To your success!

David Campbell
Professional Real Estate Investor, Developer, and Broker
(866) 931-9149 Ext. 1
David@HasslefreeCashflowInvesting.com

 

PS.  I look forward to helping you set and achieve reasonable expectations for your investment real estate objectives.

Real Estate Christmas Story

Last year I was at a friend’s home for a Christmas party.  As I was mingling through crowds of festive party goers, I was surprised to meet my friend’s landlord.  The party was at his rental house and my friend invited to be a guest of the party. I’ve been a landlord to over 100 properties and I’ve never once been invited to my tenant’s Christmas party!

The landlord, Mike, was a friendly man of about 68 years. We had a great time talking about real estate. In 1965, Mike took a job as a school janitor and he worked at the same job his entire career. Mike bought four single family homes over a period of 45 years and is now a multimillionaire with a $75,000 / year passive income from real estate. His passive real estate income is more than double what he earns from his janitor’s pension and social security.
What astounds me is the simplicity of Mike’s success. Mike purchased four “bread and butter” single family homes over 45 years. He always bought new properties, he always paid retail, and his cash flow was break even with 20% down and 30 year fixed fully amortized mortgages.  Mike never refinanced, never prepaid his mortgage, and he never sold. While this plan may not have yielded the highest return, it was powerful none the less. The fact that the plan was so simple is one of the reasons Mike was successful with it.

Mike purchased his first house in 1965. He paid $18,000 using 20% down ($3,600) and an 80% mortgage ($14,400). His mortgage payment was $86/month. That was a lot of money when Mike was a 23 year old school janitor earning $350/month. Today, this Northern California house is worth $575,000 and rents for $2,200/month.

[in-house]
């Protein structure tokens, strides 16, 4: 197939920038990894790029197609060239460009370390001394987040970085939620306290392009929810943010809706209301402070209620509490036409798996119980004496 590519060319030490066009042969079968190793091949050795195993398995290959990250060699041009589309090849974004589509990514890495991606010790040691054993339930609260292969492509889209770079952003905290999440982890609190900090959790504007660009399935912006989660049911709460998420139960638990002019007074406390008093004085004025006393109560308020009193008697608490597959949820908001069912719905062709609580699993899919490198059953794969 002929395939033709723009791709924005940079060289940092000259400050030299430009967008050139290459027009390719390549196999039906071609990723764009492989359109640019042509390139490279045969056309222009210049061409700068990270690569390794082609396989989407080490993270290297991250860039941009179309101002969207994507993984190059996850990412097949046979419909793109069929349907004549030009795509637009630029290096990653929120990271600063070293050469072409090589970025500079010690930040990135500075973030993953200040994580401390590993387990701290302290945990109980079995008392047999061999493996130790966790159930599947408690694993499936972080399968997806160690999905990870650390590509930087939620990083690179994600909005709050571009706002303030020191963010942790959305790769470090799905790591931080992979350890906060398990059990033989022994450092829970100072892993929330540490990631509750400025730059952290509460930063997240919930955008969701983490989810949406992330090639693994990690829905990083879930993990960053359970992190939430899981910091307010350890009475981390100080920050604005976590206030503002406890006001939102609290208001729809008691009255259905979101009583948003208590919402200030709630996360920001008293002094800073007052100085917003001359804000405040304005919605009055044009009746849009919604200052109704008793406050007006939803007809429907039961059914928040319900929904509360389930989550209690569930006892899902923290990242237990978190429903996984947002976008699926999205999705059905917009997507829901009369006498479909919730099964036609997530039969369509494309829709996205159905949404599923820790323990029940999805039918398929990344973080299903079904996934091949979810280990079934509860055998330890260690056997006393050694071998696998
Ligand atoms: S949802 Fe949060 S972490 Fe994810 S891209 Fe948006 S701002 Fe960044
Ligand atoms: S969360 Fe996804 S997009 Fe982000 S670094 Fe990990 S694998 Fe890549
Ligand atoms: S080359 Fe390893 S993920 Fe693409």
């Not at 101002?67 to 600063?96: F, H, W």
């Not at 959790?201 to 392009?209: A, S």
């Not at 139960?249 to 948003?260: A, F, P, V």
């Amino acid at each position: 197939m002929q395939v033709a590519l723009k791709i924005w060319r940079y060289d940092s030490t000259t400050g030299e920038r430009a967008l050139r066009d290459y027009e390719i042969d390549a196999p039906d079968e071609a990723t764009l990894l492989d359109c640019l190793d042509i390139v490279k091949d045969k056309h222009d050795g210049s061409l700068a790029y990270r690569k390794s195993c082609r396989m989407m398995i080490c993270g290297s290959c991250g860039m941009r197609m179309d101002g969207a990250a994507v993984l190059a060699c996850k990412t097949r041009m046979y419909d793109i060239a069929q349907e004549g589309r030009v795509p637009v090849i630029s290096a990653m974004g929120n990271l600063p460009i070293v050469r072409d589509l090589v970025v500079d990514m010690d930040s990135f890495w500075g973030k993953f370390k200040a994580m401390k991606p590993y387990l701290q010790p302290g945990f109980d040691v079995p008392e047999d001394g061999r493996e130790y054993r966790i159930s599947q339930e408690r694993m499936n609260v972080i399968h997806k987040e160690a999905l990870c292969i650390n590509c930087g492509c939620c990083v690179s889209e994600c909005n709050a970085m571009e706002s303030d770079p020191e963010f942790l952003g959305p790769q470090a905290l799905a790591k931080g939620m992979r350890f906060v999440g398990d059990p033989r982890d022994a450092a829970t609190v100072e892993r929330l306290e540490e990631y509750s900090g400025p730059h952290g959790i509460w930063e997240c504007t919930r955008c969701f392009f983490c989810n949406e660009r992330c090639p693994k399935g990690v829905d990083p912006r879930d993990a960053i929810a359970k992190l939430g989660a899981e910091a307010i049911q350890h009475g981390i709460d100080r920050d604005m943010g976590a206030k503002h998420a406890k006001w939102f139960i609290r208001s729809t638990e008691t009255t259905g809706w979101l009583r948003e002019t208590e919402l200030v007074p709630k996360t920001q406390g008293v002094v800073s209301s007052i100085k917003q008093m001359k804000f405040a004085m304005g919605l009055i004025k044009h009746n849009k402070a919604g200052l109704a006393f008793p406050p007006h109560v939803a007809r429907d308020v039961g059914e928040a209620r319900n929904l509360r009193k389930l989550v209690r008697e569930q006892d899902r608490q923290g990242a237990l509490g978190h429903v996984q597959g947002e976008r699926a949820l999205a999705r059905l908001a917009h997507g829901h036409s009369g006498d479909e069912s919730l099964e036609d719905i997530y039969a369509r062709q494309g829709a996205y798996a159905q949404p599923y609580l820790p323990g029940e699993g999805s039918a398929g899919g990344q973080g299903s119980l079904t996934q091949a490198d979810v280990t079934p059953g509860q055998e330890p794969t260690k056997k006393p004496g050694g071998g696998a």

Mike's home price
Mike purchased this $18,000 house with only $3,600 down and his mortgage was paid off by his tenant 15 years ago. His $3,600 investment is now worth $575,000. Mike’s annualized non-compounded return on investment has averaged 350% per year for each of the past 45 years. What investment vehicle other than real estate can do that?

mikes ROI with 20% down

In 1970, Mike bought a second house. In 1975 he bought a third house and, in 1980, Mike bought his fourth and final house. All four houses are now owned free and clear with $2.3 million of equity and positive cash flow of $75,000 year. Mike spent his career as a janitor and retired a multi-millionaire because he had the foresight to acquire four pieces of real estate over 45 years.

Inflation seems small because it is reported as a year over year number. However, inflation (and real estate prices) actually move as a compounding force.  Below is a chart of a basket of goods with prices from 1965 and 2010. I created a chart to illustrate the annualized compounding rate of increase for this basket of goods. Mike’s houses increased in price just slightly faster than the overall rate of inflation over the same period.